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  5. "Kirimvose se rytsas!"

"Kirimvose se rytsas!"

Translation:Thank you and hello!

July 13, 2017



If 'se' means 'and', then what's the difference between 'se' and lengthening and stressing the last vowel?


Well, the words in this example aren't nouns as in the previous exercise so maybe "and" (se) is exclusive to mult. phrases or verbs. (disclaimer-- I know nothing)


Rytsas, John Snow.


Rytsas, Aegon Targaryen.


Yes, my impression was that the stress is used for lists. You don't say se between words in a list.


Befriend me, Jon Snow!~


Japanese has two different ways to say "and". For multiple nouns, they use a separate word just the way we do in English. For multiple verbs, they conjugate the non-final verbs a particular way.

I imagine DJP took inspiration from Japanese, but flipped around where to apply which technique. Multiple nouns are declined a particular way. "Thank you" and "hello" are not nouns but pleasantries, therefore declension does not apply to them and a different technique must be used.


More than a thousand days! Get my first ever gift Lingot Sir/Maam.


Why, thank you. *curtsey*


'se' is used if two seperate things are happening, while the lengthened vowel is used if two persons (or animals or objects...) are doing the same thing


Do kirimvose and rytsas consist of multiple morphemes? How can they be analysed?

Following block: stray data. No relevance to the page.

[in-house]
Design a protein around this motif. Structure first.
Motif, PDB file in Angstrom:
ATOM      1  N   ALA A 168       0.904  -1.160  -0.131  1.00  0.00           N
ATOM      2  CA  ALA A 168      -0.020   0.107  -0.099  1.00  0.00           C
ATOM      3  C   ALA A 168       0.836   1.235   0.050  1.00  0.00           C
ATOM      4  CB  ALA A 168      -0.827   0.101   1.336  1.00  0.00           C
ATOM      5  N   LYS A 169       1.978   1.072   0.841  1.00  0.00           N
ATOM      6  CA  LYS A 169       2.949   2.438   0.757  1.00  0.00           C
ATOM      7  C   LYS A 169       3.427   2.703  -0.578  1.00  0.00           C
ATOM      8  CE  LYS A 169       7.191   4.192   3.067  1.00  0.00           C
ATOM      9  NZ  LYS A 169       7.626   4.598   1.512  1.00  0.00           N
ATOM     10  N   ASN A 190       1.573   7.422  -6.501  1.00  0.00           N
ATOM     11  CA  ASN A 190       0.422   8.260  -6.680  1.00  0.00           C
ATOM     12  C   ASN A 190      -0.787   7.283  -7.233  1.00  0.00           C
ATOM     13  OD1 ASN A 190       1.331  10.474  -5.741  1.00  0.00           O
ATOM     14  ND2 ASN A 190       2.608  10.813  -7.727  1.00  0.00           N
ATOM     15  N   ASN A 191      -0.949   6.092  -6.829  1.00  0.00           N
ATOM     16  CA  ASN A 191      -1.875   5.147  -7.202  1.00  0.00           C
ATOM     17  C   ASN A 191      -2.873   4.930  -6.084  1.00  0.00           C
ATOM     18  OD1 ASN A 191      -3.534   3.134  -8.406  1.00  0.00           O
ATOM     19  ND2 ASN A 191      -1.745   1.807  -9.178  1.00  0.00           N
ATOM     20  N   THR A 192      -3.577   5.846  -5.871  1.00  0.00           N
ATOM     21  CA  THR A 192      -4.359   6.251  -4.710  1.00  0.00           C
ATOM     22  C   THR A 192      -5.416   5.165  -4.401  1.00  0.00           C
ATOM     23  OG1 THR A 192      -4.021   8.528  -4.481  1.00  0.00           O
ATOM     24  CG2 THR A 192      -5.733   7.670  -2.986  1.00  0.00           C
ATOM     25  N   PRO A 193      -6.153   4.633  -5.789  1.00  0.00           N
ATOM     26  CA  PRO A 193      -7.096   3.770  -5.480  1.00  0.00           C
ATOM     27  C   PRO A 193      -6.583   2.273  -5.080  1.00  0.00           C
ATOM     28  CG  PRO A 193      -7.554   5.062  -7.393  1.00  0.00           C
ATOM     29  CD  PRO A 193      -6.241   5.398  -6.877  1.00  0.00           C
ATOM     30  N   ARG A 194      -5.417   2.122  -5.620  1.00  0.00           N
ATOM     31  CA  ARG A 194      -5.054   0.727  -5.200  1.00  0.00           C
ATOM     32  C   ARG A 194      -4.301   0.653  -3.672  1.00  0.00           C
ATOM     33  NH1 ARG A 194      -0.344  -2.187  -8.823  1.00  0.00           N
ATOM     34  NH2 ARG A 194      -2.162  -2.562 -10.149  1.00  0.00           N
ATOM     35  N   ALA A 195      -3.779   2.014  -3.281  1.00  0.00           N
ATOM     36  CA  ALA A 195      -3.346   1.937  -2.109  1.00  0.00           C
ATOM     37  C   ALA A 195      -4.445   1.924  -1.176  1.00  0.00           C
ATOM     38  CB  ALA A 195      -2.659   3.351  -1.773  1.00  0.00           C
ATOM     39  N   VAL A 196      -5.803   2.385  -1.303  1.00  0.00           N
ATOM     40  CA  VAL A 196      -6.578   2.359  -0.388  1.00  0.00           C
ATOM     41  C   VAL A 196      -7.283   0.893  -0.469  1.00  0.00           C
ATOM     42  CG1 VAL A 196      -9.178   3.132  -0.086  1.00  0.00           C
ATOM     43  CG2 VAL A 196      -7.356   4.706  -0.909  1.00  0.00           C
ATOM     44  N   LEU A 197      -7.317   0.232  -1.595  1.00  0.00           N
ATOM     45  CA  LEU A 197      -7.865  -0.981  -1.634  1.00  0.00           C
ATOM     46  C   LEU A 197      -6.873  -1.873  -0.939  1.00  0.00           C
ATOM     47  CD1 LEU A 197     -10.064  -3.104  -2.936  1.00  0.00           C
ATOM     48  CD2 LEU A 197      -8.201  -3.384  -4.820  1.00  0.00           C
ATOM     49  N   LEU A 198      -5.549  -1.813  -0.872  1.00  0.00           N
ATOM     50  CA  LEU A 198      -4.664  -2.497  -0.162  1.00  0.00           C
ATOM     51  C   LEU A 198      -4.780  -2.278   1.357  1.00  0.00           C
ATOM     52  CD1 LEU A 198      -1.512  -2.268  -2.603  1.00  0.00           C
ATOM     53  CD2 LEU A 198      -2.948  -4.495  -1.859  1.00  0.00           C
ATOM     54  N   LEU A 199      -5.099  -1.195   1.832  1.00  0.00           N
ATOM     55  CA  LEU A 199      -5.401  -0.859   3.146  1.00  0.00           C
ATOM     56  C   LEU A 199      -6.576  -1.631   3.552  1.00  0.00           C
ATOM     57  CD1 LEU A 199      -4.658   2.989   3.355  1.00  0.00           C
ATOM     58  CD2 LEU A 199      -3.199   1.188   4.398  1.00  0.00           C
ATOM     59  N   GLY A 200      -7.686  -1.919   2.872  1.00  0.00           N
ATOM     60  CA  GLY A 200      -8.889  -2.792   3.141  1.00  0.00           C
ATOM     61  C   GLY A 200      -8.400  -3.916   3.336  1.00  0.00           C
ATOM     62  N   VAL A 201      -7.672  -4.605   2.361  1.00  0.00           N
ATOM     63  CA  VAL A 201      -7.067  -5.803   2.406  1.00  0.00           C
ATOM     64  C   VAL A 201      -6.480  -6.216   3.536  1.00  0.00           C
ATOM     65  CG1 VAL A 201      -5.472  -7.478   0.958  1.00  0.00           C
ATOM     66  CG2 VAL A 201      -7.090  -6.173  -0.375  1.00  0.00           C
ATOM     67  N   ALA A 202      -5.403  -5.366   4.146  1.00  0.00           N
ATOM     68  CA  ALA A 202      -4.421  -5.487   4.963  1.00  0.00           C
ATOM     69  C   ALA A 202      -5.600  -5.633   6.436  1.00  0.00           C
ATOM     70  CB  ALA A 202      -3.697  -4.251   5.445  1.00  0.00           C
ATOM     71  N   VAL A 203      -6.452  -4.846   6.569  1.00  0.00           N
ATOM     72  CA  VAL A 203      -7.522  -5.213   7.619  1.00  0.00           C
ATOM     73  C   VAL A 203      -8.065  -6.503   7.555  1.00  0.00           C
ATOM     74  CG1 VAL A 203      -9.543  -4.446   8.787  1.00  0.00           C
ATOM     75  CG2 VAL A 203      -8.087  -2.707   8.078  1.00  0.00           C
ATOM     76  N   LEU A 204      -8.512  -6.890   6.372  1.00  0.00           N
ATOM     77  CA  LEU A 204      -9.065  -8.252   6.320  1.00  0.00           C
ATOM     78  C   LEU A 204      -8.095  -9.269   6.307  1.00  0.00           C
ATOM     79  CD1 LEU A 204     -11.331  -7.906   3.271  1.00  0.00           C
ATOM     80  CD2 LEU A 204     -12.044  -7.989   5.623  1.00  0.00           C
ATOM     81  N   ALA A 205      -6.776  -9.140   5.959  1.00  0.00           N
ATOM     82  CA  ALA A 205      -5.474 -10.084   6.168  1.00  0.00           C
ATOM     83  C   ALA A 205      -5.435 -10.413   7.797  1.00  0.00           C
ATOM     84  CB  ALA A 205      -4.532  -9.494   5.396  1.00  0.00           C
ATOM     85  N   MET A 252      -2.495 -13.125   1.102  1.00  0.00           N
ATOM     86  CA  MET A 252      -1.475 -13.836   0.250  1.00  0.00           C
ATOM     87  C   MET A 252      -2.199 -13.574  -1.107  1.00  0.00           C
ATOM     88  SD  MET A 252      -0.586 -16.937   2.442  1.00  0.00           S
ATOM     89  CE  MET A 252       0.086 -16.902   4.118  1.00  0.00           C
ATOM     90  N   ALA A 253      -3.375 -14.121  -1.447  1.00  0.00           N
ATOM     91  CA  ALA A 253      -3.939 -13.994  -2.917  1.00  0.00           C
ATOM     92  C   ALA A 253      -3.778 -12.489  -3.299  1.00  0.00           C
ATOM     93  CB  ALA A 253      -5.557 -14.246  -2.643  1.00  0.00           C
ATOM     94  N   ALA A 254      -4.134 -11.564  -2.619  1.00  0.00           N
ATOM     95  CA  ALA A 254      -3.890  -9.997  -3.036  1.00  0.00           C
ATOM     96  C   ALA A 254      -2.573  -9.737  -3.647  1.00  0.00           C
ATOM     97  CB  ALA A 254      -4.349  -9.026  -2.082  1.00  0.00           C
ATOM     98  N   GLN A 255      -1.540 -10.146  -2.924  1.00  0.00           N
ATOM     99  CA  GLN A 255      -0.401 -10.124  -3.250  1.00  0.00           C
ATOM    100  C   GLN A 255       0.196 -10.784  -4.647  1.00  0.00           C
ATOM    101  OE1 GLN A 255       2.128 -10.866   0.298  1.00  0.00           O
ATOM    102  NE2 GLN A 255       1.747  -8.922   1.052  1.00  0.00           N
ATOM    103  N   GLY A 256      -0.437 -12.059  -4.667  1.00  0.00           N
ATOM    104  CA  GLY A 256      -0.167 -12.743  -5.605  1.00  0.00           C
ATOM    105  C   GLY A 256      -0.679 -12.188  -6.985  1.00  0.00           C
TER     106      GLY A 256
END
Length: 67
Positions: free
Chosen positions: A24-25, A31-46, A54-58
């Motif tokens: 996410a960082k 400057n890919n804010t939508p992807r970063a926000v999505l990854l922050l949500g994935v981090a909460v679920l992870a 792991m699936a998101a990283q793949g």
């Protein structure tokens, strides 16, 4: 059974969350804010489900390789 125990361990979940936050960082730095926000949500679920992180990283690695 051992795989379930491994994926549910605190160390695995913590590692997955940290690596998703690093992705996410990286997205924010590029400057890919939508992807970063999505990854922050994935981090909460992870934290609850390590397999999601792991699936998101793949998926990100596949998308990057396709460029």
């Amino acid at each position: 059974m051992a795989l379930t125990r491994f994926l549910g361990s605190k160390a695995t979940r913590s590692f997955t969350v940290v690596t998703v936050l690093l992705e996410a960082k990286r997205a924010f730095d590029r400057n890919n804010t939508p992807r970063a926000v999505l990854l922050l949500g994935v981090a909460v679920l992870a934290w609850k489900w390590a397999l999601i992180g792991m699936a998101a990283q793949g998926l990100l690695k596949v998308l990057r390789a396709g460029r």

According to the Dothraki Wiki, kirimvose is the instructive of kirimves, meaning happiness, which again comes from the word kirine (which I am sure you know by now), and the derivational suffix -ves, which turns adjectives into abstract nouns, much like the English -ness. Rytsas comes from the word rytsa, meaning healthy.


❤ Derivational and inflectional morphology.


My interpretation of this is that lengthening the vowel only applies to adjectives, nouns and descriptive words. "Se", I presume, is used for any other instances other than a list.


I'd like to think this is how HVers usually greet one another. I don't know of any other languages that thank people immediately, unless it's "Thanks for coming. Thanks for choosing Brandname. What can we do for you today?" I can now do customer service in HV! "So why were you fired from the call center?" "Um, it's a long story."


Who has ever said that?


That's not the point. Duolingo is not teaching us handy useful phrases. It's only teaching us grammar and vocabulary. So there will be odd sentences, but what they mean isn't important and whether anyone would really that isn't really important.


Kirimvose se rytsas!


thanks and hi duoc ko


Issa is mean yes our she/he/it is

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